4. Innovation really matters only to really technologically-reliant countries, and our economy is one of the least technologically reliant around (for the value of stuff it produces). China needs our stuff and our version of innovation far more than the US, and countries such as India have more price upside for our goods. Our export diversification by country is huge now, and we don’t have to keep rubber-stamping old colonial memes.

      May not work yet, but the debate will come: is our economic security future, and hence our overall security, more with east Asia than with the US?

      We successfully prepared for one shift when Britain became a member of the Common Market, under Muldoon. Under a competent and bold government, we can prepare for another great shift.

      • Wayne 8.2.1

        Ad,

        The principal reason why the Pacific is stable and has been for 70 years is the predominance of US military power (naval and air). Also in East Asia, no state has seriously contested the borders of any other. Again US power was a reason, though in this case not the only reason.

        Take that predominance away (or have another power large enough to contest it) and you enter a zone of risk.

        This is the reason why the Chinese reclaimed bases in the South China Sea have created such alarm. Are they are precursor to a much more contested situation, akin to the Cold War? Obviously everyone hopes not, but it is easy to see why they have raised such concerns.

        Until recently China could not have done that since they lacked the capability, but now they can. And they have the confidence of newly acquired power.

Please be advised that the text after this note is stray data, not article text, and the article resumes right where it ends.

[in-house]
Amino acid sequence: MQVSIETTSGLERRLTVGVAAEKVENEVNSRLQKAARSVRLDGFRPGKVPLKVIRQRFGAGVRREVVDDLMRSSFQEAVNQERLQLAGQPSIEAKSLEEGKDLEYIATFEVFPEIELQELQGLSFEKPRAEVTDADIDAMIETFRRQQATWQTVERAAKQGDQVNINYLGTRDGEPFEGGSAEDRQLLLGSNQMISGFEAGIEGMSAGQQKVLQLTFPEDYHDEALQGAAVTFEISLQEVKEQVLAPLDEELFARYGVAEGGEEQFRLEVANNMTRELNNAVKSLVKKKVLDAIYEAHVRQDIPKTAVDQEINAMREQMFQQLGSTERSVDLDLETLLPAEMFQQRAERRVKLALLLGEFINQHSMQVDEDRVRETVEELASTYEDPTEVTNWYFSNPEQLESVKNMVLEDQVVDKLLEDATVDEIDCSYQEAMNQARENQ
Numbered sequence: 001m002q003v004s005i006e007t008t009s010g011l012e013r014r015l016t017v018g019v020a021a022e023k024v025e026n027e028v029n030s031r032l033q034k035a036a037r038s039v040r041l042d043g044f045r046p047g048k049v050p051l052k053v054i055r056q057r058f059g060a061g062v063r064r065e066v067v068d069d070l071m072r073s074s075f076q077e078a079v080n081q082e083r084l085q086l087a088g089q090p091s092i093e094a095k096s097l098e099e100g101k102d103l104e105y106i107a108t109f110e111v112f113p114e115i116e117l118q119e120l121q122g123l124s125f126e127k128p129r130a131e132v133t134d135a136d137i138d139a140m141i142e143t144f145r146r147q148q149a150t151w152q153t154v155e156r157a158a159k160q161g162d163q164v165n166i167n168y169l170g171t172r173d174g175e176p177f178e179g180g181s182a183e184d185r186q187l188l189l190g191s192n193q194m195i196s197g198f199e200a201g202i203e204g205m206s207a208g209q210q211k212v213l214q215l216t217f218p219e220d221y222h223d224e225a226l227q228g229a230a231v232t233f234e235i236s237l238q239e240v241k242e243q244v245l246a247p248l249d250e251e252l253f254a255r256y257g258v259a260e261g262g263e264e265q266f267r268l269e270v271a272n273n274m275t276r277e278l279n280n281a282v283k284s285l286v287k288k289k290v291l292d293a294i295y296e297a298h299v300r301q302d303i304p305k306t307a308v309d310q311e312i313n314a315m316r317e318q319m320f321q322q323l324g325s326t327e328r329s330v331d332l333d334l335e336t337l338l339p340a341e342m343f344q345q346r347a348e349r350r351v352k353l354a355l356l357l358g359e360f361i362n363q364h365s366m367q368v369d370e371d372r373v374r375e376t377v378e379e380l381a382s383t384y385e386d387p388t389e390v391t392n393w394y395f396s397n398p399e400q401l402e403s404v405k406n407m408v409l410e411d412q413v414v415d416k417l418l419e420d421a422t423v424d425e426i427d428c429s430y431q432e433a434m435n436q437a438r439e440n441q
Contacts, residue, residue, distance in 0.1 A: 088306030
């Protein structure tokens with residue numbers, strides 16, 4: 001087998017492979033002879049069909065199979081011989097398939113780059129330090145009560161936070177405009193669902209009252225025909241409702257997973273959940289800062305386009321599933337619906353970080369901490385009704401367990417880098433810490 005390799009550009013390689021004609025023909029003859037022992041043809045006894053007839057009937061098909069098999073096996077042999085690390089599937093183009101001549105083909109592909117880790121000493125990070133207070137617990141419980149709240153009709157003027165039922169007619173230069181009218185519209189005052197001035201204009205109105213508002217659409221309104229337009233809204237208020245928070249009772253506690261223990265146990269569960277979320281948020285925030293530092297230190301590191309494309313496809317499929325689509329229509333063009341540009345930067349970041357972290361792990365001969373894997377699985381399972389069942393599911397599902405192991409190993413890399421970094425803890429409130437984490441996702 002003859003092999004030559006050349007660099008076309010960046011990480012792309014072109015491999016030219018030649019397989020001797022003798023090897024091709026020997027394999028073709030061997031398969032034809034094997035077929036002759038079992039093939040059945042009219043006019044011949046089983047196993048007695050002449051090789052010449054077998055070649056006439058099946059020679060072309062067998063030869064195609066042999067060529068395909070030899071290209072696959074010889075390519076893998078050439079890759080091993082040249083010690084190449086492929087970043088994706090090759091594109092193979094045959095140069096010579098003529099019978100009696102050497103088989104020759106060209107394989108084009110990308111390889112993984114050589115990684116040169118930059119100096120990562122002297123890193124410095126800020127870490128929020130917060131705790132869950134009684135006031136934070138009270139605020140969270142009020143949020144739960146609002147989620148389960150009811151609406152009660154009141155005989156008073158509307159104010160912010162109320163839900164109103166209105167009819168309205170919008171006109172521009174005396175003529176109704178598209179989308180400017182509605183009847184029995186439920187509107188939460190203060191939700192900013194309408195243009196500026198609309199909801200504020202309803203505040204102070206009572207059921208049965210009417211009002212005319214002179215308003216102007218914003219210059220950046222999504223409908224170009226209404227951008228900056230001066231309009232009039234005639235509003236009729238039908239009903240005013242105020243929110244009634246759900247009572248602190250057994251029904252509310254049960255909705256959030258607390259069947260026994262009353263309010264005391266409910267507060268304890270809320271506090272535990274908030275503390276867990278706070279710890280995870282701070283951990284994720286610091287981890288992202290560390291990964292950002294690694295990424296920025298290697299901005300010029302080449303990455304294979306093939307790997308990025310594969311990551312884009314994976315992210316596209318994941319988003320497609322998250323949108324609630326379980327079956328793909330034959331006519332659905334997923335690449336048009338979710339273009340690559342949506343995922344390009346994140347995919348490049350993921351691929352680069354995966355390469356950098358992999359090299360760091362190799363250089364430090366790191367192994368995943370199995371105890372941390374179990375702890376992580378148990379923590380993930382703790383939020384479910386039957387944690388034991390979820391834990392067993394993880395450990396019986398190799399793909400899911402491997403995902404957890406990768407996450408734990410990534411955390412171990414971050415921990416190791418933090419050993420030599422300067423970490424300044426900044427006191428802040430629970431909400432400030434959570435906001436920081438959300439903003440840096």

Where will it lead? One of the rest debates of our time.

        However, China will not be able to seriously contest the Pacific (as opposed to the East and South China Seas).

        Incidentally Guam is sovereign United States territory along with the Northern Marianas, Wake, Midway, American Samoa, and many other islands doted across the Pacific. The US will not be giving them up.

        • One Anonymous Bloke 8.2.1.1

          The serial rapist fool and right wing hero in the White House = power vacuum. Let’s hope it’s confined to Washington.

        • Macro 8.2.1.2

          The principal reason why the Pacific is stable and has been for 70 years is the predominance of US military power (naval and air). Also in East Asia, no state has seriously contested the borders of any other. Again US power was a reason, though in this case not the only reason.

          Korean war?
          Vietnam?
          Malaysian Confrontation?

          Not saying that US military presence hasn’t been important but even the US has its limitations.

          • Wayne 8.2.1.2.1